TCU Exposes Texas Tech In A Homecoming Humbling 52-31. It Was A Throwback To An Old-Familiar Era. . . Time For Some Hard Truth. Our Post-Game Thoughts. Somethings Got To Change. . .

It was over before it began tonight.

Texas Tech broke out Jerry Moore era throw-back uniforms Saturday night for Homecoming. Little did folks know they’d also break out into a Jerry Moore like performance, getting pole-axed by TCU’s run game early and then give in to other Typical Tech gaffes as the night went on. By the time it was over, TCU had dominated the Red Raiders to the tune of 52-31, never having the game in doubt and not even having to use their top RB for most of the game… The final score wasn’t indicative of how TCU dominated this game.

There was no reason to think this would happen.

Except it’s what seems to happen under Matt Wells and Company. One step forward and two steps back. No ability to capitalize on a solid game like they played at West Viriginia. No ability to put together quality wins. No reason to give Texas Tech fans to buy into the program.

And Texas Tech fans want to buy in.

You can’t blame them. They showed up tonight. They were dressed in black in 95 degree temps. They wanted to will Texas Tech on. And Texas Tech, from the get-go gave them no reason to get behind them. . .

By the end of the first quarter Zach Evans had 97 yards rushing on 5 carries. Five. TCU was up 14-0 before Tech seemed to arrive from the Homecoming parade. It was 35-10 at the half. It wasn’t that close. Texas Tech punted with under a minute left in the half on 4th and 1. Punted. Quit.

So, here we are.

I’ve tried to justify having faith in Matt Wells and this staff. I’ve tried to look for the positives, and there are many off the field. Recruiting is better. Culture is better. Discipline is better. But none of it, none of the positive strides in nearly every off-field endeavor is consistently translating to the field. And that… is all that matters.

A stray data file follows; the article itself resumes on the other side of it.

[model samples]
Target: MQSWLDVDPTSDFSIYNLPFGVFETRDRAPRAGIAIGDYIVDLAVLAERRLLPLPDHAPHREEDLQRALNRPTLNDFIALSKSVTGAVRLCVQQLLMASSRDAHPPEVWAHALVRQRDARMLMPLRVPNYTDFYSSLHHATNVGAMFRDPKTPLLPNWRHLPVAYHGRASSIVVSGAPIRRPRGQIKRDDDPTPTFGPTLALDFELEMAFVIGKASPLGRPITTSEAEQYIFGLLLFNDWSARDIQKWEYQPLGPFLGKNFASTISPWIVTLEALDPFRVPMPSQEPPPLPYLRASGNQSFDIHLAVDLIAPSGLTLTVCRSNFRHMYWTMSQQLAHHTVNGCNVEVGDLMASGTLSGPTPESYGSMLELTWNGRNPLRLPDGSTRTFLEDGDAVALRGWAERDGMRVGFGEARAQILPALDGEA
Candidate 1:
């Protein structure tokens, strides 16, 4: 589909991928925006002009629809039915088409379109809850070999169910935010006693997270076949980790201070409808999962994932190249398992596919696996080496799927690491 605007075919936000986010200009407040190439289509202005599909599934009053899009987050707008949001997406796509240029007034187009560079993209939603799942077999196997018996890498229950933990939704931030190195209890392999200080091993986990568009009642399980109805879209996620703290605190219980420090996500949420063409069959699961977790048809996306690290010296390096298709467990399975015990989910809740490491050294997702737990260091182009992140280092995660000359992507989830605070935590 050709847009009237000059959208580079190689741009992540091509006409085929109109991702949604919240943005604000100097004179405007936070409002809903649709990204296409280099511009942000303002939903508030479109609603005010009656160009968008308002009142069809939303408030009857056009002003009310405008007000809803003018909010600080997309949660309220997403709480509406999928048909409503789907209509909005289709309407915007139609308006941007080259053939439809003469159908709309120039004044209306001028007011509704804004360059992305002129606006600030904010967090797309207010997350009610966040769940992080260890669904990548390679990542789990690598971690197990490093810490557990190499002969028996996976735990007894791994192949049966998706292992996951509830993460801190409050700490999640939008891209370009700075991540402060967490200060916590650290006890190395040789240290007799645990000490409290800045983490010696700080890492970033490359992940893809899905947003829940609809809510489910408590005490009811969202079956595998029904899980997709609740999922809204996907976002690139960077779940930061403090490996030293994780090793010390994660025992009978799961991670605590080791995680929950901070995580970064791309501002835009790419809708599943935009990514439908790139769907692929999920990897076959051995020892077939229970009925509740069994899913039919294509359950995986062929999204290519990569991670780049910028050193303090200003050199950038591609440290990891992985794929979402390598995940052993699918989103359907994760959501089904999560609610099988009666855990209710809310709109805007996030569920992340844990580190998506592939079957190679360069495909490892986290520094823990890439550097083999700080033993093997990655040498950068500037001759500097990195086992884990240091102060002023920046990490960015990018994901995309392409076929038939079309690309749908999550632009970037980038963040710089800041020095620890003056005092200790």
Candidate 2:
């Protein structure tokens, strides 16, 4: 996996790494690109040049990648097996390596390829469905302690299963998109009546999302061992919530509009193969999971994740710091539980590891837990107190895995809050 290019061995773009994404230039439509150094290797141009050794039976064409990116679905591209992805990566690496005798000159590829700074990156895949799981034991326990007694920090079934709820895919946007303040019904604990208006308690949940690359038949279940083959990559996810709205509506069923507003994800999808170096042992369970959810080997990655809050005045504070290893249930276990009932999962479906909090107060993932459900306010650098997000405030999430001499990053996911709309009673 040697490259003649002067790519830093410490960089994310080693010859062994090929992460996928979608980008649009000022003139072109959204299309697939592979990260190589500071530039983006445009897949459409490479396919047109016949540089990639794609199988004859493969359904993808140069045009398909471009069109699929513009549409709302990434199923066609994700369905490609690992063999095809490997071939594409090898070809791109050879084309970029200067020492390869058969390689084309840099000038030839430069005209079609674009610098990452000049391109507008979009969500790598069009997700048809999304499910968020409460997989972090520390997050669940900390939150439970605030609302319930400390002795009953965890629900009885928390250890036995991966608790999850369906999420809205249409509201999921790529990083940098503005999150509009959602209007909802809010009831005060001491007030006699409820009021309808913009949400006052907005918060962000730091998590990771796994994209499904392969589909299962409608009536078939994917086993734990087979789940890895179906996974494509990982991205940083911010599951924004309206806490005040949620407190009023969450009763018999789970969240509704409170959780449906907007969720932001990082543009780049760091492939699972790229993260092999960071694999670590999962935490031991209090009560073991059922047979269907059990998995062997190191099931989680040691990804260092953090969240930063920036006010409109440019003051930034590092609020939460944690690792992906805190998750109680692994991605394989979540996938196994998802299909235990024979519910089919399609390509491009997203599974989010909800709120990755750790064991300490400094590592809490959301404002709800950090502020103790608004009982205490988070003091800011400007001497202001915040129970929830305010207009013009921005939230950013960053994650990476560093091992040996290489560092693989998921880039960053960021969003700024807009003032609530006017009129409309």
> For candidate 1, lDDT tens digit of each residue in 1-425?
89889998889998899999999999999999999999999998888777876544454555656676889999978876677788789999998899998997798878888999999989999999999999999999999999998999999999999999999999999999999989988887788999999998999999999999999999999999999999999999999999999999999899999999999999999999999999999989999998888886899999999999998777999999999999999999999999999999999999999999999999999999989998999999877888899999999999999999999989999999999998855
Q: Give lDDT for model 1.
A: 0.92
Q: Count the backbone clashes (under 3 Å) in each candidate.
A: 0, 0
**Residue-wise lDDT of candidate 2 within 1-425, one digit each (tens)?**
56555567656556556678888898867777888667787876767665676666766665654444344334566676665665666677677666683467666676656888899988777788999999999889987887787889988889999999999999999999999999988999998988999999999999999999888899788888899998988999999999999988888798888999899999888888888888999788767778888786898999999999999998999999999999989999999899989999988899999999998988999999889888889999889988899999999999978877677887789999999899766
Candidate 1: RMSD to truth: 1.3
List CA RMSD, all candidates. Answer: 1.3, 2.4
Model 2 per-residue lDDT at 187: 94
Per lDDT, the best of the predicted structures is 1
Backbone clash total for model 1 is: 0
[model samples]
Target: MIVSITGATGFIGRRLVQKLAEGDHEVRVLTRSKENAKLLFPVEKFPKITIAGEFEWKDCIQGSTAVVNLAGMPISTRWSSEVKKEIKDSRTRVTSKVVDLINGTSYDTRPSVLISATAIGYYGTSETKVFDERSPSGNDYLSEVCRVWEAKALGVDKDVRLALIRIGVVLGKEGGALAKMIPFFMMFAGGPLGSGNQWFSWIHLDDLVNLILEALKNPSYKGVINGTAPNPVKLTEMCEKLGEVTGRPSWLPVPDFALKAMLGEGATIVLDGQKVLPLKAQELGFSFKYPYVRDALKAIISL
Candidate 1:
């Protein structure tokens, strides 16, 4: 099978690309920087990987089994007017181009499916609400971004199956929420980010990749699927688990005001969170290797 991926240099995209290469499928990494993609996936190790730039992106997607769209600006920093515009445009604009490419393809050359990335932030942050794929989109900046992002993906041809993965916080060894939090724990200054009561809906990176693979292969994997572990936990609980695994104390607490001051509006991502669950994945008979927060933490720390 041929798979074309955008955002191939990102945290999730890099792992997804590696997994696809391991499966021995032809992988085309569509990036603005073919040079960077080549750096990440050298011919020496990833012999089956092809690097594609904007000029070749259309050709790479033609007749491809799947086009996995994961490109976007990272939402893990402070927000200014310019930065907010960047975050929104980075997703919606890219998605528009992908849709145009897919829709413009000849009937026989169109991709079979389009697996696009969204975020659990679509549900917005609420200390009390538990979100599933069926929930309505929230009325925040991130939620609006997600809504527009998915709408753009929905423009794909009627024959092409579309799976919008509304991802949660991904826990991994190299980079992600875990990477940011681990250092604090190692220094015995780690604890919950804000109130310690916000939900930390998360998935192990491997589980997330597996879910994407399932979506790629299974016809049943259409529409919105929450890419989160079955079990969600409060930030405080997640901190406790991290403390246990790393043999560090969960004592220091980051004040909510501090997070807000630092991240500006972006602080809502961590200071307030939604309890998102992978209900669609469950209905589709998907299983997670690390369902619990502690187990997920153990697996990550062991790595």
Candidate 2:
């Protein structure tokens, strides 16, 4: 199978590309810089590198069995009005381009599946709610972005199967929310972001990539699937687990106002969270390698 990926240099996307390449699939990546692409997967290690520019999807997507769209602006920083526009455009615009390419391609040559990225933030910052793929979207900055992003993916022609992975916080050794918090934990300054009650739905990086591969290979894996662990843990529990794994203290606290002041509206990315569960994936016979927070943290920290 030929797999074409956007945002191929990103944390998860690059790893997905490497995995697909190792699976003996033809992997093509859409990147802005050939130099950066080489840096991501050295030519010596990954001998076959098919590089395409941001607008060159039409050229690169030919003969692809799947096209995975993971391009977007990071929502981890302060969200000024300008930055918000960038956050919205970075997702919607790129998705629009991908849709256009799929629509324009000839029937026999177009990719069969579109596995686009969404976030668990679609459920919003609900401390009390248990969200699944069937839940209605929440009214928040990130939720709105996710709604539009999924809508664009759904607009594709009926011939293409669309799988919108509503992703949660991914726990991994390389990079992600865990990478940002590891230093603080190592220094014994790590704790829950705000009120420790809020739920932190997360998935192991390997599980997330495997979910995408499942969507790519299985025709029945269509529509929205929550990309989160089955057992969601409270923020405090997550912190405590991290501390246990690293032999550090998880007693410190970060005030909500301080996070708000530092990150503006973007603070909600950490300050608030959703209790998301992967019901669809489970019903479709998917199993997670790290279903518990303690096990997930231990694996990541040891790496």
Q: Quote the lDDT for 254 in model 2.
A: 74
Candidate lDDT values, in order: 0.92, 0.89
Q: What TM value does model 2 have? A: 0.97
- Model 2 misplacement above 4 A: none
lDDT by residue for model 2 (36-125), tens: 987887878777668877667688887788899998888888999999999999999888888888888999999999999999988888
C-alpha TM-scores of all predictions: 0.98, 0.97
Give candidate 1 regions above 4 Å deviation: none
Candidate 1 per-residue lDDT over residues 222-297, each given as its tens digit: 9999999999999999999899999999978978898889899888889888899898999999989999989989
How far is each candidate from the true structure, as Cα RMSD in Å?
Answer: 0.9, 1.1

Tonight was unacceptable.

Tonight’s start, tonight’s effort, tonight’s performance, given everything we’d seen from this team last week; was unacceptable. That was not Big 12 level defense, not Big 12 level offense or BIg 12 level competitiveness shown by the coaching staff. Nothing that happened after half-time really mattered, either. The yards were meaningless, the scores by Texas Tech were meaningless and the final score, actually, was quite meaningless. The plot to this game was given away long before the final curtain fell at Jones Stadium.

Something has to change.

I’m not sure, regardless of what happens after tonight that Matt Wells and his staff can survive. I’m not sure they’ll ever have the confidence of the fan base. I’m not sure at all they can earn it going forward.

Texas Tech may still yet win six game and make a bowl game. In fact… it’s more likely than not Texas Tech does. . . Before the year I was certain that would be enough. For most Texas Tech officials that was a good litmus test going into the season. Move the bar higher. Advance. Now though, I’m not sure at all a six-win season ensure Wells comes back. And, more and more, I can’t articulate a logical football argument for that to happen.

Ironically, Texas Tech chose to wear uniforms made famous by Jerry Moore at Tech during the early 80s. Like Wells, Moore had success at a lower level but no skins on the wall at the SWC level. Like Wells, Moore was a great guy the players loved and the fans really wanted to see win. Like Wells, so far, Moore never was able to get the key win at the right moment in order to move Texas Tech forward.

Right now, it feels like 1985 again for Texas Tech football.

I hope I’m wrong.

So far though, much like the uniforms from tonight’s game, this feels like a pale imitation of Texas Tech football. At least the pants in 1985 were shiny and silver. Even the pants tonight for Texas Tech were as grey as the mood of the Texas Tech fan-base.

And that’s not good. . .



  1. TCU the better program, we got what we deserved. They could have scored 70. Only good coaches we have are Tommerdahl and Cumbie.

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